Independent schools benefit many children who do not even go to them, argues director of the Scottish Council of Independent Schools
4th June 2019
John Edward explains that after a review commissioned by the Scottish government to enhance and reform our country’s business rates system, one of the main recommendations was to remove mandatory charitable rates relief from Scotland’s independent schools (which is set to cost the sector in the region of £7 million a year).
As part of this change, independent schools will retain their charity status, but will lose out on the principal financial benefit of said status.
As part of their charitable remit, Scotland’s independent schools must allocate a proportion of their fee income to means-tested bursaries, to widen participation in their education.
As a result, since 2005, the provision of means-tested bursaries has tripled, with independent schools dedicating over £31 million a year towards bursaries up to 100 per cent for parents who could not otherwise afford to send their child to an independent school. Data collected from our 74 member schools shows that 25 per cent of mainstream independent pupils in Scotland (that’s over 7,000) receive means-tested assistance.
The fact that Scotland’s independent schools are registered charities first and foremost benefits our young people and their families, as well as the local community and local authority schools. At the end of the day, regardless of the implications for independent schools, the fact that they will retain their charitable status – but will not be eligible for the same financial relief to continue their work as every other registered charity in Scotland, England or Wales – restricts their work and puts them at a competitive disadvantage.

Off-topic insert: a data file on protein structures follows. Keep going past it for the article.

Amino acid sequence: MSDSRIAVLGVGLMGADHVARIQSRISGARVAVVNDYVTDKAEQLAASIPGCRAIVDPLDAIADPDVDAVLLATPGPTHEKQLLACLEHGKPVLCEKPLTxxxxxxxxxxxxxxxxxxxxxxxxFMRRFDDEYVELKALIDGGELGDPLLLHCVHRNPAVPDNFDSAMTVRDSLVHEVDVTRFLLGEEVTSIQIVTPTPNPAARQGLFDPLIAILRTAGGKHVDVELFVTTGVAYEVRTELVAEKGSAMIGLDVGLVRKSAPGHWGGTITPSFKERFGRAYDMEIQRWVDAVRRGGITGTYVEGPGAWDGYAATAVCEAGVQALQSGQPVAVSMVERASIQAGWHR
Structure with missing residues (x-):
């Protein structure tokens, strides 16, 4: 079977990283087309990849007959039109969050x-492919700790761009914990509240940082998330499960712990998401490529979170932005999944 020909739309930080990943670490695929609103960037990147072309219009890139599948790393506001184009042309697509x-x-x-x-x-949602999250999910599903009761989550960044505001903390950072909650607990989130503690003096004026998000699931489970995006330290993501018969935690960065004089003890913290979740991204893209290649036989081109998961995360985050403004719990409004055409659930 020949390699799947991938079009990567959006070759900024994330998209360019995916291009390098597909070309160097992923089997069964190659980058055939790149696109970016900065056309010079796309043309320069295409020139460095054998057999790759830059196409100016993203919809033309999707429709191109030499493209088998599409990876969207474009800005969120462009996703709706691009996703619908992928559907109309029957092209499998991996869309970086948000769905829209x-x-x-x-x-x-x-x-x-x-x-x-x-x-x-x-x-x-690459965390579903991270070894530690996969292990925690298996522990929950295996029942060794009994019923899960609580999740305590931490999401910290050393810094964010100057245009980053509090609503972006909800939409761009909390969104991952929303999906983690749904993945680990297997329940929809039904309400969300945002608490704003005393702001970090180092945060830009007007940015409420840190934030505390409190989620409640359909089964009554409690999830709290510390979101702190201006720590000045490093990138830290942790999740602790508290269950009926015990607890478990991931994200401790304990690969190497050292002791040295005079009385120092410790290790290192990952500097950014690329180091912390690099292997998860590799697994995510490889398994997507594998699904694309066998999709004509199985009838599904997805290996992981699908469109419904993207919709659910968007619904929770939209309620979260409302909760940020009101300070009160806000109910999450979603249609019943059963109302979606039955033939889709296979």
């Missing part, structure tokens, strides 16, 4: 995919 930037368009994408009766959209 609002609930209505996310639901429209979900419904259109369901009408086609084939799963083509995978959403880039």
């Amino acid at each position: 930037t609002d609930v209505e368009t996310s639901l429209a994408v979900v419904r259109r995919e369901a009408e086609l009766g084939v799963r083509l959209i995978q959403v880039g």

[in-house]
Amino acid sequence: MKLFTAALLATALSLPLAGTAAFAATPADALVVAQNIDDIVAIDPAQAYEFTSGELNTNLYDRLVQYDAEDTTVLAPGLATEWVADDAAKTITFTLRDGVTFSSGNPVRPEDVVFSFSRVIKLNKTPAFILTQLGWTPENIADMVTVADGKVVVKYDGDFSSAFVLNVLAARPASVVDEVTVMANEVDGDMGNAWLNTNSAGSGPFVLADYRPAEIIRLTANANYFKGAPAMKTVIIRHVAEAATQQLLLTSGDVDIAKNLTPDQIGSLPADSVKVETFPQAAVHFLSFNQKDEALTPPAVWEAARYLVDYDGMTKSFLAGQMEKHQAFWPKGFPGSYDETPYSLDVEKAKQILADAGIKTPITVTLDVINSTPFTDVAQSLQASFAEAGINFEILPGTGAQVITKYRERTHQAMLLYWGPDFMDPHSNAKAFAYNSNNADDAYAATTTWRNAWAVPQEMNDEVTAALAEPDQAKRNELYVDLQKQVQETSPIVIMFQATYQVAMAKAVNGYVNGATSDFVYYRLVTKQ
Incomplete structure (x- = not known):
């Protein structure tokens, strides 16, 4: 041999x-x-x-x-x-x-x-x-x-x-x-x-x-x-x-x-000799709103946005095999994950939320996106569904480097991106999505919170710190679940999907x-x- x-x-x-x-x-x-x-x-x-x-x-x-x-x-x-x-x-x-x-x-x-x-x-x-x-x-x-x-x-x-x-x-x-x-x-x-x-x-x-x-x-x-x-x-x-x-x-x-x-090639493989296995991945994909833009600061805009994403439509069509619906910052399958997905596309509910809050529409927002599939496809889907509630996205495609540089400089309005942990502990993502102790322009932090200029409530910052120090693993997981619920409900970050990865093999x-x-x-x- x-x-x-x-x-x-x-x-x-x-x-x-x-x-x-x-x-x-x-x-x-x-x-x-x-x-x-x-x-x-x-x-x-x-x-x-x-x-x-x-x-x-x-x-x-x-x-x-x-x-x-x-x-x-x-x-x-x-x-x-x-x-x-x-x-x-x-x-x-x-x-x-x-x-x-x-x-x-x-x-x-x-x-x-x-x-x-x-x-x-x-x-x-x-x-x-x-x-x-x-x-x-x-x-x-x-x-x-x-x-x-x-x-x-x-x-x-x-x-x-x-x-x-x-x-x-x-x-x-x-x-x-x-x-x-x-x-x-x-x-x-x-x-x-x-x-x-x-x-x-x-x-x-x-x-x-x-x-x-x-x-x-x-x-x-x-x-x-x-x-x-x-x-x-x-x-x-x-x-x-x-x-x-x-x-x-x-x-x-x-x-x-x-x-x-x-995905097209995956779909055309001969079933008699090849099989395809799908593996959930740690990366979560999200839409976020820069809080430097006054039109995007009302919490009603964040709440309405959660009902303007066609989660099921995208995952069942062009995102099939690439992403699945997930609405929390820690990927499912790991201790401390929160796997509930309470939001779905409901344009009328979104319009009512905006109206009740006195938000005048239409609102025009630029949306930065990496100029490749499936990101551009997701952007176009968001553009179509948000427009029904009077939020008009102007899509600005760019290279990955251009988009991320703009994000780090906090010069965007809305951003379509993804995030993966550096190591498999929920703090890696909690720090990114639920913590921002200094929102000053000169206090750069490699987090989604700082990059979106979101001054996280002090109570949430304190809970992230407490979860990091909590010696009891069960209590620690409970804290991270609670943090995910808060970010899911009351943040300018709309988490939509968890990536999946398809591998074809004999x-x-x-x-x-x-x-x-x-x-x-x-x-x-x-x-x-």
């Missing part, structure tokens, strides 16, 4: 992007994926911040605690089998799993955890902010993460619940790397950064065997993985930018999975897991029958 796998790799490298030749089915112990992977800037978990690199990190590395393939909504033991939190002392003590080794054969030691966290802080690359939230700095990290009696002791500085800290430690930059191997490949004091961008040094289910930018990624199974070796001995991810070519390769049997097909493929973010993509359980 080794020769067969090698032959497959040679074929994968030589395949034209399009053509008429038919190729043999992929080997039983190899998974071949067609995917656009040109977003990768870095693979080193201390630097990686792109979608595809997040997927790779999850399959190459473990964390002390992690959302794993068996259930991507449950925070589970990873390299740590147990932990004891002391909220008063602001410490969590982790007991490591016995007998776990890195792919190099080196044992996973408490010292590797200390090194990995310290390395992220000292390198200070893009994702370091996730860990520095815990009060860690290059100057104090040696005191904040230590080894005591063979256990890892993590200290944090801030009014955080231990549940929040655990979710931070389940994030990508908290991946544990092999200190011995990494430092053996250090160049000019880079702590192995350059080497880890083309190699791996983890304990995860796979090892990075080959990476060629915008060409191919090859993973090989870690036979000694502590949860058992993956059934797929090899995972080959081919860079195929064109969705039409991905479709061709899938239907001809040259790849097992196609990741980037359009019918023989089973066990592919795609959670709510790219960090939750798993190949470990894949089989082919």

Mobile addiction: School's phone-free Fridays to help pupils
Teenagers are routinely described as being glued to their mobile phones but at one school they have volunteered to hand them in to teachers once a week.
Christ College Brecon brought in "Phone-Free Fridays" after holding an assembly looking at research into the addictive nature of phones.
Initially it was the pupils' choice to hand them in, but as so many took part it has now become school policy.
Teacher Simon Hill said pupils had become more conscious of their habits.
Mr Hill, deputy head at the private boarding and day school in Brecon, Powys, said he had started to pay closer attention to pupils' use of phones after reading research on the addictive nature of phones.
He held an assembly earlier in the school year to highlight the issue and in follow up conversations with students found that they also had concerns.
Following feedback, the school decided to ask pupils if they would voluntarily hand in their phones to their head of house for the day on Fridays.
Mr Hill said: "It isn't seen as a punishment but as an opportunity to try something new.
"There was talk of almost the release, the freedom it created. It was only one day, so it wasn't too onerous for them."
Pupils have reported feeling more able to focus during homework time and revision.
Read more at: https://www.bbc.co.uk/news/uk-wales-48272540